which threaten the whole world, not only france. >> reporter: the most visible face of france's war has been the greatly stepped up temple of attack against the islamic state strong hold raqqa where french officials believe that last week's attacks were planned, but after those attacks some of france's muslims ares citizens born and raised here, law-abiding, are increasingly afraid that that war will turn inwards and that they will find themselves in the cross-fire. we met in woman near the site of paris attacks. she was too nervous to show her face. from her apartment windows she saw what happened at the bataclan musical. >> reporter: do you really think that france is at war? >> translation: yes, yes. we are at war with them. we are at war with i.s.i.l. >> reporter: what do you think now for your life in paris?
do you feel safe in your city? >> translation: after what happened friday, i don't think we have security. it will fall on us, the muslims. that is the problem. >> reporter: muslims and syrians, many of whom are part of the fabric of french society, but increasingly many say they feel like they don't belong joining us now from paris is sheila. whatever else you can say about the attacks and more attacks, the threat of, i.s.i.l. has done nothing to stop the flow of refugees into europe. i know that you're just in italy before the paris attacks. have you seen any change from your previous visit there? >> reporter: i.s.i.l. is a pig rope why so many syrians are, in fact, fleeing their country, they're thriving in places under attack where life has become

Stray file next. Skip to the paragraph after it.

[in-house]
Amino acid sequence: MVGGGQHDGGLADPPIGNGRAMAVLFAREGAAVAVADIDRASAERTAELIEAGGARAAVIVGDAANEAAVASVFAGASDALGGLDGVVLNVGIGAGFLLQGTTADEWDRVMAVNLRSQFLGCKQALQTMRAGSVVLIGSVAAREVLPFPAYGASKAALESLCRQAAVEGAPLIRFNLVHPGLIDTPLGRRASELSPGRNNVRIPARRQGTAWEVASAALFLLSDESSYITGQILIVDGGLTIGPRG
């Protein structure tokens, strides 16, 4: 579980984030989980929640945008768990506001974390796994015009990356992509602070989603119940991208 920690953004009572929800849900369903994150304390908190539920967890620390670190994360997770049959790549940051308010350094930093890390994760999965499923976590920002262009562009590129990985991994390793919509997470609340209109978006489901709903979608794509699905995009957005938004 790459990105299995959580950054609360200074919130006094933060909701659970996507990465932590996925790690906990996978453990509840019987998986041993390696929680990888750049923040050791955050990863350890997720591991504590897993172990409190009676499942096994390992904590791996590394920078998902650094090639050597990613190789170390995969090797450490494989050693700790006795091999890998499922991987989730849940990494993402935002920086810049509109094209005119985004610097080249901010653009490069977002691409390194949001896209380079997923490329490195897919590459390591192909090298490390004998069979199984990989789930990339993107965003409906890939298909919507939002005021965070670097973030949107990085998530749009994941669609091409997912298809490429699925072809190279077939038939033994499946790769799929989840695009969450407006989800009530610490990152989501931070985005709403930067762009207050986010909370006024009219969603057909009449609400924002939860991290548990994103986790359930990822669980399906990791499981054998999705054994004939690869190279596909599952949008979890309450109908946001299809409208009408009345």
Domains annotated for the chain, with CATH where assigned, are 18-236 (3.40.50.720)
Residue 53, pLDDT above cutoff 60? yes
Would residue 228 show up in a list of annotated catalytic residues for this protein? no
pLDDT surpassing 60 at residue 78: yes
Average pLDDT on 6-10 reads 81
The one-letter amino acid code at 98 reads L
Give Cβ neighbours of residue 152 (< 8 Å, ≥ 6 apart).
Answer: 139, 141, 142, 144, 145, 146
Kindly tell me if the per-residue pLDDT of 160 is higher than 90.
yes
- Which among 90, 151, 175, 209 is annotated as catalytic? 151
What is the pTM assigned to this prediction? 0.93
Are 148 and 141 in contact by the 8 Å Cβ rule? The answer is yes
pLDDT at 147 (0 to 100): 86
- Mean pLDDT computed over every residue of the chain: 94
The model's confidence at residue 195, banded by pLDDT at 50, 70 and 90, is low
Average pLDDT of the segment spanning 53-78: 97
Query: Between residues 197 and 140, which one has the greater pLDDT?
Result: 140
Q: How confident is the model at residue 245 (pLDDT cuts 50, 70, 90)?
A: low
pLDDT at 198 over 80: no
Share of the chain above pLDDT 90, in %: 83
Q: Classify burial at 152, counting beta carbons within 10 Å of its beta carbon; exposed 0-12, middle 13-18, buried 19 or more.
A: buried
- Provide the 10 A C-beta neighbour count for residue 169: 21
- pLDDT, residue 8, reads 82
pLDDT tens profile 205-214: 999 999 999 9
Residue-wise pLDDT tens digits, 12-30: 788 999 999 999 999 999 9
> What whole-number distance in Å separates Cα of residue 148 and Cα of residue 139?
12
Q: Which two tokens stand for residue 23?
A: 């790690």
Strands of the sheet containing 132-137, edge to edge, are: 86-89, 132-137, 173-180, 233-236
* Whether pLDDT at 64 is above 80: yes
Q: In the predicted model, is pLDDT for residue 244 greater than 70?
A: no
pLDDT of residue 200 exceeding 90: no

insupportable where they feel they can no longer breathe, the addition of air strikes by the russians and air strikes by the french and others in recent weeks, that's putting more pressure on. we are told by people who are in turkey and who le monitoring refugee flows through turkey across to greece, that even though the weather has changed in the agean sea and this should be beyond the time when people are risking that journey in those very dangerous boats, that there are many thousands of people who are still waiting to make that journey. as a matter of fact, when i was in macedonia last week, i could not believe the flood of people. they came and came and came and it did not stop. 24 hours a day just a few weeks ago, of course, there was so much international concern, the tragedy of the little toddler boy whose body washed up on the
shores of the greek island. it really did create an outpouring of the support among europeans. has that been impacted by what has happened here? >> reporter: you know, that was such a terrible and tragic and poignant picture that i think it really did strike home. that happened many weeks ago and as they say, just a week is a long time in politics. we are tunaing re talking about political change, we are talking about a rising sense of un se t uncertainty and we are talking about, certainly here in france, what it means to be at war. that is a discussion about a war that is not far away, but a war that is here and a war that is present and that means that people from looking around and they are finding new reasons to be suspicion you are aware that here in the united states many of the american politicians are talking about ways to keep out any